In fact, instead of using the long-winded phrase "Candidate for the presidential post of the Delhi University Students Union", we can just mention that this year's "Dar" is so and so. Apart from giving due recognition to the excellence of Dar-sir, this will also be in keeping with the organization's goal to simplify matters for students [basically in the same vein as our voter-ID campaign].

I'd like to conclude with a slightly modified version of the slogan we used for Dar-Sir's election campaign:

"Har party ko kiska Dar ? Is saal ka dar, is saal ka dar"


Wednesday, November 15, 2006

Reservations - Exploding the Myths Part II.


In continuation with the series on Affirmative Action vis a vis Reservations, today I seek to discuss an important element of the comprehensive Affirmative Action programmes in place in several American Universities - "Outreach Pogrammes". Such programs seek to reach out to students of colleges/institutions that have historically been predominantly "black" or "colored" - which means that a large portion of their pupils belong to historically disadvantaged backgrounds.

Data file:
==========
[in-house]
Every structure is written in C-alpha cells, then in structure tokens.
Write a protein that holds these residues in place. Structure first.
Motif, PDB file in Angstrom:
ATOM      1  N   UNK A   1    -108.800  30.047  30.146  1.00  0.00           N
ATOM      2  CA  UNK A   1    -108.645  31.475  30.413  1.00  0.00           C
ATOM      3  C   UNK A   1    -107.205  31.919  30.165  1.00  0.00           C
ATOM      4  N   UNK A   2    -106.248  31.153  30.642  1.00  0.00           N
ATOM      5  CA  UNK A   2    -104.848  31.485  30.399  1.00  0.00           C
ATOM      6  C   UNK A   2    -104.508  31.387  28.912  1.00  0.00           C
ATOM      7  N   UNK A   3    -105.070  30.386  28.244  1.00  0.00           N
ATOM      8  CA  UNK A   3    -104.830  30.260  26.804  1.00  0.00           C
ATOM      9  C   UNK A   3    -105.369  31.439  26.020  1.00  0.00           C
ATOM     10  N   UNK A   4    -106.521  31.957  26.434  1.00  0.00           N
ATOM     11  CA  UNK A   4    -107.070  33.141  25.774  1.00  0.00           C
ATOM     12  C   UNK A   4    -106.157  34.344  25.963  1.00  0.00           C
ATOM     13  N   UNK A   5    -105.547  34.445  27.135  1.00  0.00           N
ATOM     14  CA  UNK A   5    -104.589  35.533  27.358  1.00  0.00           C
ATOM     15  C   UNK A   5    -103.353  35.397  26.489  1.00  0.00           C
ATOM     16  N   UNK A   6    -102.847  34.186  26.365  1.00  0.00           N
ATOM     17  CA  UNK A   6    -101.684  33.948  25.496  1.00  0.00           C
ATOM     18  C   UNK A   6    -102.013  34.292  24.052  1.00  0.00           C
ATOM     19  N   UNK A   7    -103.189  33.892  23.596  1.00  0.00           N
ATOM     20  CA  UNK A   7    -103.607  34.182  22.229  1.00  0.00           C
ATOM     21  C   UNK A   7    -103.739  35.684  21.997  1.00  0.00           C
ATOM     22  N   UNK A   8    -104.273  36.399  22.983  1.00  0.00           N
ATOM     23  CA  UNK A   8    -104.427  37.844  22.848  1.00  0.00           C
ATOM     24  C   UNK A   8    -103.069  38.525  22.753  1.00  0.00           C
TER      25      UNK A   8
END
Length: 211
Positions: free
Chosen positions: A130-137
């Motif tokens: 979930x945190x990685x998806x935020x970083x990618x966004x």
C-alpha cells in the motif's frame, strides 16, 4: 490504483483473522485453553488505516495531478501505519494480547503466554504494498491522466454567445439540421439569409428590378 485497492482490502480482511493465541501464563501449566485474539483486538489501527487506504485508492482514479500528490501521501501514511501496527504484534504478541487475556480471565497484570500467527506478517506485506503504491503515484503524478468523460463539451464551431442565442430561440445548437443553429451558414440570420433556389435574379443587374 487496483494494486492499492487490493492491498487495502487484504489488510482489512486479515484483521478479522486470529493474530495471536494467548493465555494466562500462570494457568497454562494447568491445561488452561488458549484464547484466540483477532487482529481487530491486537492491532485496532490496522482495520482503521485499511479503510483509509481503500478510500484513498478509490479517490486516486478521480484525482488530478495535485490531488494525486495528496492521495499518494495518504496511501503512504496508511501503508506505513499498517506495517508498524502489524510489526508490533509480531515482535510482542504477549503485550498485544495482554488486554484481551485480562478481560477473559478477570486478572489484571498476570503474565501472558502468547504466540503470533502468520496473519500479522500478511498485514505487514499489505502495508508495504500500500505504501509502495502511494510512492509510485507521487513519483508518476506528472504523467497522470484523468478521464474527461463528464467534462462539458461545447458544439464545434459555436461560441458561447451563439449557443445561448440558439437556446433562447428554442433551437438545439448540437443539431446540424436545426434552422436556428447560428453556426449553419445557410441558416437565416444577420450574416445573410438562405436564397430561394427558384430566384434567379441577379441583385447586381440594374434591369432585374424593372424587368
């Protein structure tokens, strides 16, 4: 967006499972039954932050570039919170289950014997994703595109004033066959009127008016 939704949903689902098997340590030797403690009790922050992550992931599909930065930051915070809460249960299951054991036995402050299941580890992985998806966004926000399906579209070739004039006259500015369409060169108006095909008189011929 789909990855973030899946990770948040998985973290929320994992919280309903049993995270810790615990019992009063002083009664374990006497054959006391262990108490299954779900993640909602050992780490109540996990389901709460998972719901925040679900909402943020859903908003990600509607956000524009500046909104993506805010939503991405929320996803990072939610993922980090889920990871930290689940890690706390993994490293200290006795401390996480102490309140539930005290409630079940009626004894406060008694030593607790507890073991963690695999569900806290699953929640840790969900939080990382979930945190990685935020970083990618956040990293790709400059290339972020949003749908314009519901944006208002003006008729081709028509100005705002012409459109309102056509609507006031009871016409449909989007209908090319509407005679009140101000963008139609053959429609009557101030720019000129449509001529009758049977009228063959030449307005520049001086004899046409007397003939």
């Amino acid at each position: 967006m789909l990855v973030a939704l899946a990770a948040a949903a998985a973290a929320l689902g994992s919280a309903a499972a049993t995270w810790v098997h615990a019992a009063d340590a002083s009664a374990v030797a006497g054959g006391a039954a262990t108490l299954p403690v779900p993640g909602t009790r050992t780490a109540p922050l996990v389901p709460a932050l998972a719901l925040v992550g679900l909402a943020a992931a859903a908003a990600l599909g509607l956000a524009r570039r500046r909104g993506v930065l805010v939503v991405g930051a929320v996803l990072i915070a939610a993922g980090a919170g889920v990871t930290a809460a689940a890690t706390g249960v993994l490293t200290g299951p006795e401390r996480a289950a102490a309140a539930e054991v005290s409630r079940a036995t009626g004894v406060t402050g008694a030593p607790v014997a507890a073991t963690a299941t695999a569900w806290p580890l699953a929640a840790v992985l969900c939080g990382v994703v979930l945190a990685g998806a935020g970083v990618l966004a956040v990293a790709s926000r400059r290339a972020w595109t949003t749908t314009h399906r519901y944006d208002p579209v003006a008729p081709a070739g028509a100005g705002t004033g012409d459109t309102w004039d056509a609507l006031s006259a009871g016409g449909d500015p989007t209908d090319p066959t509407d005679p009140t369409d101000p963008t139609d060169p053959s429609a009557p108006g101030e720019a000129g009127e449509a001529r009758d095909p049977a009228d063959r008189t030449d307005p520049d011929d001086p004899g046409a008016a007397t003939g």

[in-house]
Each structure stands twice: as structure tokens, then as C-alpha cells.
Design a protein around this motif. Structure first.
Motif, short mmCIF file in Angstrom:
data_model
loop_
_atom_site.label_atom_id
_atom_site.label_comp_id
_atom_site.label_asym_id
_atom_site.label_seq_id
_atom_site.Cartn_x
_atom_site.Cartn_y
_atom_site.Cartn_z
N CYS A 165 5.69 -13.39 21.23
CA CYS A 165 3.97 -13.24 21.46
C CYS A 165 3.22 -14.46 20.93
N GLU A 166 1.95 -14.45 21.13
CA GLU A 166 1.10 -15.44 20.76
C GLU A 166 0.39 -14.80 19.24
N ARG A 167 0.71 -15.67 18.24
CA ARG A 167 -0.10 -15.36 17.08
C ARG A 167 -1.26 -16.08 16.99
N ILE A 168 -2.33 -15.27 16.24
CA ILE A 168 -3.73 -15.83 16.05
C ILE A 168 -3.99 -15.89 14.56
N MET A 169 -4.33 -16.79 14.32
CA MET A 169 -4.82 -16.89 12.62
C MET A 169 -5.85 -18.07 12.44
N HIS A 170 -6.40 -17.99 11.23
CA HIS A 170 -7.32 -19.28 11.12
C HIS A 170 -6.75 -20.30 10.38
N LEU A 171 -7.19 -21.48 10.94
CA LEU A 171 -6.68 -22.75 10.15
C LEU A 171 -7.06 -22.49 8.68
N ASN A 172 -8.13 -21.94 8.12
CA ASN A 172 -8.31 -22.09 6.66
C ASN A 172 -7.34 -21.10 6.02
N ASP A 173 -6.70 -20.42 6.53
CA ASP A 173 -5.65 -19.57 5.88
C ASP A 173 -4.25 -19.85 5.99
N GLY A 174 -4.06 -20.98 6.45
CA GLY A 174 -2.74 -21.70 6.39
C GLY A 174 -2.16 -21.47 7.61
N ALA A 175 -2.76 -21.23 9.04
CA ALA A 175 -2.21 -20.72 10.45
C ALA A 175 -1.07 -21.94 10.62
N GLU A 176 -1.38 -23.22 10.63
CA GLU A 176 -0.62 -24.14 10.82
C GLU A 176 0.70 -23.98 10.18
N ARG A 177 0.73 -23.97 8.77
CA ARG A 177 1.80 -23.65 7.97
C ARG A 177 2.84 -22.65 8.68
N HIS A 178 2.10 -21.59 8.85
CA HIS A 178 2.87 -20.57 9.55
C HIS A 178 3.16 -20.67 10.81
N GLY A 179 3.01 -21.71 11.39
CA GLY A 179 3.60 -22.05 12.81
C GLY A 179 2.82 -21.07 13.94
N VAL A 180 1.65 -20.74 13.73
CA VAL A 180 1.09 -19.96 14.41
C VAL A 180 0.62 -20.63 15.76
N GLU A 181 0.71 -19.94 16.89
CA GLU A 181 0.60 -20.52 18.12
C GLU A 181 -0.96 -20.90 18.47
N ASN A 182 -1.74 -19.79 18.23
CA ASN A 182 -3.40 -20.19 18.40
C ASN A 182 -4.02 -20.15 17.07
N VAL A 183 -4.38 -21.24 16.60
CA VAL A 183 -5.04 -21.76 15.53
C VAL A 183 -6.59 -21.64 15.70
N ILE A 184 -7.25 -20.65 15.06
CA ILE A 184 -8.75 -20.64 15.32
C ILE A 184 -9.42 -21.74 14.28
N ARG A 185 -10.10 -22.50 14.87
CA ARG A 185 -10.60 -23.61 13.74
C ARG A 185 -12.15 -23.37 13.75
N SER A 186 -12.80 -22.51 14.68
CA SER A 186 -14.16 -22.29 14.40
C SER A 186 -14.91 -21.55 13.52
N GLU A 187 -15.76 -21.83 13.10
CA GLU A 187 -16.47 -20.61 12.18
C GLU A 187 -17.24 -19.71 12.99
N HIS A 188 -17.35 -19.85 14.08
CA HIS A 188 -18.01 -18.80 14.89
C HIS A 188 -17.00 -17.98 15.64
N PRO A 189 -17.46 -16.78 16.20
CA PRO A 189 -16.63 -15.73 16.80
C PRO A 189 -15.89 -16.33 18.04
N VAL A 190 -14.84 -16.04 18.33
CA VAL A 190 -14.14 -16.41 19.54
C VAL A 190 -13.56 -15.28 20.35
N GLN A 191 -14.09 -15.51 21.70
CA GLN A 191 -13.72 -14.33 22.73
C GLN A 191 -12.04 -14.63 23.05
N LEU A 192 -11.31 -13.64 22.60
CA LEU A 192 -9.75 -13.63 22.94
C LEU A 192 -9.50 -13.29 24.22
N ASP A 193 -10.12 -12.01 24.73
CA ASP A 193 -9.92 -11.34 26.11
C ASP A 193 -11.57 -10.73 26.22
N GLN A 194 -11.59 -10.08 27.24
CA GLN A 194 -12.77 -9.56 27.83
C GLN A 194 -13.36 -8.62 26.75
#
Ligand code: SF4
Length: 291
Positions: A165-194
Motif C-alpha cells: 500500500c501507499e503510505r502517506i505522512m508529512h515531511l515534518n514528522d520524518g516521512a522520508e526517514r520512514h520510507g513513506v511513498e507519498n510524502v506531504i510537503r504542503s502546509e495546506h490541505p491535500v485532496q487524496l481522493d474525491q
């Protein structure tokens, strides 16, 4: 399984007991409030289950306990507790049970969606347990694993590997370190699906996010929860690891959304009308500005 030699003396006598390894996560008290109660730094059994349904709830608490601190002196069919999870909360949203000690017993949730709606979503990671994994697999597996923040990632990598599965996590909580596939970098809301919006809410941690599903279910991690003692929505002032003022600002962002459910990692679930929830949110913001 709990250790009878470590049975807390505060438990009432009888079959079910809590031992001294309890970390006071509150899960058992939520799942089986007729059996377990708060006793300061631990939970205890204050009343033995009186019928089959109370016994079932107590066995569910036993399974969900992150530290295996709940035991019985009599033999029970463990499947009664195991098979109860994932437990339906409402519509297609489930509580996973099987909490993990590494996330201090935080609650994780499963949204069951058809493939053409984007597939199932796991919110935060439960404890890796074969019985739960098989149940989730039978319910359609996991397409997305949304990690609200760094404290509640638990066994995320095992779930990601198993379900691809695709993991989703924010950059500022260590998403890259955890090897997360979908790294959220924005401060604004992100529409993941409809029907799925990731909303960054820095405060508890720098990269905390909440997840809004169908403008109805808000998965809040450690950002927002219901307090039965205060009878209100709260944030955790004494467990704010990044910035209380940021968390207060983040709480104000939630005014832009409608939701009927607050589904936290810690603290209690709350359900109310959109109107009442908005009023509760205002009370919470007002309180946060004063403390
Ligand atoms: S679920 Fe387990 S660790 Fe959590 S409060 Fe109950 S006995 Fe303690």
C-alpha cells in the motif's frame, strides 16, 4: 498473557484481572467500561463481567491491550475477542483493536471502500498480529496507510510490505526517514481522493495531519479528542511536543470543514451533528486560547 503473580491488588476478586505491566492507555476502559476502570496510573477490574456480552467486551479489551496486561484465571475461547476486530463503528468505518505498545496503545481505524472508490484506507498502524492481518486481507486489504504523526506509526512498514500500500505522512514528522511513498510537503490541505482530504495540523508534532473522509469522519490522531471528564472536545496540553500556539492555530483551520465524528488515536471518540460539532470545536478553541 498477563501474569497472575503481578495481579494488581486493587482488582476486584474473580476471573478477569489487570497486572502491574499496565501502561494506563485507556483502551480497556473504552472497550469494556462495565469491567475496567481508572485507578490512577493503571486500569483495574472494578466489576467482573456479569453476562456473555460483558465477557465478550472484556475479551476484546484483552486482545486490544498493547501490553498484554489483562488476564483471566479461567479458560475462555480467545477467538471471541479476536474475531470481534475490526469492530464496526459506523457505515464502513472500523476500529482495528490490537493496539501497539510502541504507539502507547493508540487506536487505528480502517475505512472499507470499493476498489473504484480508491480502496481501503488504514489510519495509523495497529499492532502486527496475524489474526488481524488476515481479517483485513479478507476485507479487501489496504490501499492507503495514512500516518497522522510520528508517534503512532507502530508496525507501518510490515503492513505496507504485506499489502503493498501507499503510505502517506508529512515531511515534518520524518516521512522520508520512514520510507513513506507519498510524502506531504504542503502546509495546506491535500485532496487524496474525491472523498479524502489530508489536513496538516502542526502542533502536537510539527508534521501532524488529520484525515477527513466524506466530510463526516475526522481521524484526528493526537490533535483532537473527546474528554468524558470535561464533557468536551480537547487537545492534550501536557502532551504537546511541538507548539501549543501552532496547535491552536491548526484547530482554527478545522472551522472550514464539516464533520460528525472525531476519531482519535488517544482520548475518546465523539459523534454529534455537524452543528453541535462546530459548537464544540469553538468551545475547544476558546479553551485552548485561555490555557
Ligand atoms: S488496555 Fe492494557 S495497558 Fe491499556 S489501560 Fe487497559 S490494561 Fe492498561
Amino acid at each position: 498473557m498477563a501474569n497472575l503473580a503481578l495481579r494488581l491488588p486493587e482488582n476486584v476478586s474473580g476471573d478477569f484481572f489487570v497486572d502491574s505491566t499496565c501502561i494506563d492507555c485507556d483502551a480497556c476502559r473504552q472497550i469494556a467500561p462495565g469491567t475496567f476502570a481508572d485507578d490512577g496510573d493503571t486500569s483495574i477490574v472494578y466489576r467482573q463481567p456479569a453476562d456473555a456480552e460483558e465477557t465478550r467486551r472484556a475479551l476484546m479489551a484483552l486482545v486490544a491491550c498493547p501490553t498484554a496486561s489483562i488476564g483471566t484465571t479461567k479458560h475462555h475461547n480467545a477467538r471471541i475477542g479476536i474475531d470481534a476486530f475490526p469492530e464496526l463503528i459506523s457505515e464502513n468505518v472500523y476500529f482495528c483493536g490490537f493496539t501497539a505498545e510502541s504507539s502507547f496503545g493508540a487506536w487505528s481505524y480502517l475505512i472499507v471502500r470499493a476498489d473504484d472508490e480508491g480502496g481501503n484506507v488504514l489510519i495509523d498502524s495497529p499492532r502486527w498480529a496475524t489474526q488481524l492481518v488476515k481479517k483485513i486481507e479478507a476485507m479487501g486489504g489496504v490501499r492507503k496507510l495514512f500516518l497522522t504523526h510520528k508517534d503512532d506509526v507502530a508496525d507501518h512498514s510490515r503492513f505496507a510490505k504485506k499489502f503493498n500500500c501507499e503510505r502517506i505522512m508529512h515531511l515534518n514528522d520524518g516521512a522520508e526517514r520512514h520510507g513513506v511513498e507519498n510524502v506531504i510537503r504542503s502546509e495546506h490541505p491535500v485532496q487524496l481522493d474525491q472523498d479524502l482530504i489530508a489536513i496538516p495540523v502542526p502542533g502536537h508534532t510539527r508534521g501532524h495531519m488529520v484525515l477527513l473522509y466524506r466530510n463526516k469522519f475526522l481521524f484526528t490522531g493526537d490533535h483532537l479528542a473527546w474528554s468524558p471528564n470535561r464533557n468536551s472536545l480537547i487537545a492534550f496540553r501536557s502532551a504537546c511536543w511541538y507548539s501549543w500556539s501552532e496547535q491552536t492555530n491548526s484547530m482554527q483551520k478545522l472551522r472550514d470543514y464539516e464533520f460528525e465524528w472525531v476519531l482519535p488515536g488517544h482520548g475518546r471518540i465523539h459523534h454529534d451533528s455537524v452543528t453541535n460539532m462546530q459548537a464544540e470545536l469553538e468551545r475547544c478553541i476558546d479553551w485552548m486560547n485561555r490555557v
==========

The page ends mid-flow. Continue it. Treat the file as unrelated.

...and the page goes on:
Affirmative Action (AA) in education in the USA was first started in the Harvard Medical School (HMS) and Harvard School of Dental Medicine (HSDM) in the year 1968.

The academicians behind this drive understood the need to improve the skill sets and educational accomplishments of students from disadvantaged communities before they were granted admission to Harvard - to bring them on par with others at the University lest a situation arises where they (or others) question their worth or talents. For this purpose Harvard started extensive outreach programmes to traditionally black institutions - helping out with both improvement of infrastructure and facilities as well as by providing counselling services and by inputs in pedagogy & methods of teaching.

"The decision [to extend affiramtive action-Ritwik] resulted in extensive outreach to historically Black colleges; faculty members volunteered time and out-of-pocket expenses to visit schools whose students had never dreamt of applying to Harvard. "
(Leon Eisenberg, M.D.)

Mantaining Standards of Academics & Research